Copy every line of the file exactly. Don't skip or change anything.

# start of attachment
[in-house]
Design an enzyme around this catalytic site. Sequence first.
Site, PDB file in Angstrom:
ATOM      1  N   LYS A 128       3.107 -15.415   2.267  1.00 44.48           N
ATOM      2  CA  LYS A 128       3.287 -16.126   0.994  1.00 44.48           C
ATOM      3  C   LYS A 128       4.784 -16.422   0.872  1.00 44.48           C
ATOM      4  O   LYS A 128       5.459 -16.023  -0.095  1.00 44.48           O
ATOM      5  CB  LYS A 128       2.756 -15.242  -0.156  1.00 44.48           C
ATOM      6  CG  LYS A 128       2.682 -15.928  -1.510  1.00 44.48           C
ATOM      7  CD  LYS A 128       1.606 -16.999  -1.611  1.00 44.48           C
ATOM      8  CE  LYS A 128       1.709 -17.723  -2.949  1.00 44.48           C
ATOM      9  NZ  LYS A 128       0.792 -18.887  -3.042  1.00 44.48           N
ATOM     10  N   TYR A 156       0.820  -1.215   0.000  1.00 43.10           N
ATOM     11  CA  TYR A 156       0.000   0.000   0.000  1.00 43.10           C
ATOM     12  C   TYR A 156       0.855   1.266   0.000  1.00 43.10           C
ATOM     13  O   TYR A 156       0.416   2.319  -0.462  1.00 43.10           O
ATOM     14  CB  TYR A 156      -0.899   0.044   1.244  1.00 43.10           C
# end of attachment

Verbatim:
[in-house]
Design an enzyme around this catalytic site. Sequence first.
Site, PDB file in Angstrom:
ATOM      1  N   LYS A 128       3.107 -15.415   2.267  1.00 44.48           N
ATOM      2  CA  LYS A 128       3.287 -16.126   0.994  1.00 44.48           C
ATOM      3  C   LYS A 128       4.784 -16.422   0.872  1.00 44.48           C
ATOM      4  O   LYS A 128       5.459 -16.023  -0.095  1.00 44.48           O
ATOM      5  CB  LYS A 128       2.756 -15.242  -0.156  1.00 44.48           C
ATOM      6  CG  LYS A 128       2.682 -15.928  -1.510  1.00 44.48           C
ATOM      7  CD  LYS A 128       1.606 -16.999  -1.611  1.00 44.48           C
ATOM      8  CE  LYS A 128       1.709 -17.723  -2.949  1.00 44.48           C
ATOM      9  NZ  LYS A 128       0.792 -18.887  -3.042  1.00 44.48           N
ATOM     10  N   TYR A 156       0.820  -1.215   0.000  1.00 43.10           N
ATOM     11  CA  TYR A 156       0.000   0.000   0.000  1.00 43.10           C
ATOM     12  C   TYR A 156       0.855   1.266   0.000  1.00 43.10           C
ATOM     13  O   TYR A 156       0.416   2.319  -0.462  1.00 43.10           O
ATOM     14  CB  TYR A 156      -0.899   0.044   1.244  1.00 43.10           C